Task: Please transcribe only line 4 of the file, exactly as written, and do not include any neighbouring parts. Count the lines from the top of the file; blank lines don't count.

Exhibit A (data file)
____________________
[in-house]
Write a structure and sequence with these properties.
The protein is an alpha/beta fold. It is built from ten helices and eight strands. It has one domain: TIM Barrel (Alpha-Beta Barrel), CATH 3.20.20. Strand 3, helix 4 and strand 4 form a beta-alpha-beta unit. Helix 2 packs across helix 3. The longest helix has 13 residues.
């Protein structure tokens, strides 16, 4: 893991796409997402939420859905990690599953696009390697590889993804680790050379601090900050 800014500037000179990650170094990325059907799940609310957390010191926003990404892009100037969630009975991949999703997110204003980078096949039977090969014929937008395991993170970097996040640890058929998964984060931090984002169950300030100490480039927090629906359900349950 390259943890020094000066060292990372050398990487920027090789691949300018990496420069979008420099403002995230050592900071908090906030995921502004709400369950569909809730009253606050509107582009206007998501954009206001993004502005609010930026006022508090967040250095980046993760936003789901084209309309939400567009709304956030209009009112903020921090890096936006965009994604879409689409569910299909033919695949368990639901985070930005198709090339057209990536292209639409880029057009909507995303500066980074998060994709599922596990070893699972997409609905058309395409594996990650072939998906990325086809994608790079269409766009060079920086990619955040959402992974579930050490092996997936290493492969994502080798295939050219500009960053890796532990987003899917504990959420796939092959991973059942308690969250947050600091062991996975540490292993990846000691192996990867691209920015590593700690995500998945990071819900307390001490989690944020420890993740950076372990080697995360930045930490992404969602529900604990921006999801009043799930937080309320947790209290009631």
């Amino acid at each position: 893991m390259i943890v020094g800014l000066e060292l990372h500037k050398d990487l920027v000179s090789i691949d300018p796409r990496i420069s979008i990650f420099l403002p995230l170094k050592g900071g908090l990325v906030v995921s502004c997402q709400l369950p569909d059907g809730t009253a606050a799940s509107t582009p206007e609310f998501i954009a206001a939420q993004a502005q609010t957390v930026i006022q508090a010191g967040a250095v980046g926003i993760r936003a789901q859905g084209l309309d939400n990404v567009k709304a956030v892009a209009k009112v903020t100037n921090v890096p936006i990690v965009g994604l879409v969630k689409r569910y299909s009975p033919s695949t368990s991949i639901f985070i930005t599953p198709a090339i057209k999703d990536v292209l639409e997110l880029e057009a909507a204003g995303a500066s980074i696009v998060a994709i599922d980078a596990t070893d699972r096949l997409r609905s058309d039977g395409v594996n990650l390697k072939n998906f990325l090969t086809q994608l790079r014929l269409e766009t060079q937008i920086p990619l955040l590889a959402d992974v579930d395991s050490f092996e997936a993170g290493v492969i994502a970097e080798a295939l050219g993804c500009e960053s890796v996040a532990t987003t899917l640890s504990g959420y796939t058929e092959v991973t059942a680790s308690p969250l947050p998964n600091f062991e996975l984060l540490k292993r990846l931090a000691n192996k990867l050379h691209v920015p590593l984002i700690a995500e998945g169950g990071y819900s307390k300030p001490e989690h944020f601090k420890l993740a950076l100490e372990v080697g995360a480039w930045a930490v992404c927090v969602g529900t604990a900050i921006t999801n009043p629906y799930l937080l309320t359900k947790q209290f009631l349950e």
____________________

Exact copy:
């Protein structure tokens, strides 16, 4: 893991796409997402939420859905990690599953696009390697590889993804680790050379601090900050 800014500037000179990650170094990325059907799940609310957390010191926003990404892009100037969630009975991949999703997110204003980078096949039977090969014929937008395991993170970097996040640890058929998964984060931090984002169950300030100490480039927090629906359900349950 390259943890020094000066060292990372050398990487920027090789691949300018990496420069979008420099403002995230050592900071908090906030995921502004709400369950569909809730009253606050509107582009206007998501954009206001993004502005609010930026006022508090967040250095980046993760936003789901084209309309939400567009709304956030209009009112903020921090890096936006965009994604879409689409569910299909033919695949368990639901985070930005198709090339057209990536292209639409880029057009909507995303500066980074998060994709599922596990070893699972997409609905058309395409594996990650072939998906990325086809994608790079269409766009060079920086990619955040959402992974579930050490092996997936290493492969994502080798295939050219500009960053890796532990987003899917504990959420796939092959991973059942308690969250947050600091062991996975540490292993990846000691192996990867691209920015590593700690995500998945990071819900307390001490989690944020420890993740950076372990080697995360930045930490992404969602529900604990921006999801009043799930937080309320947790209290009631």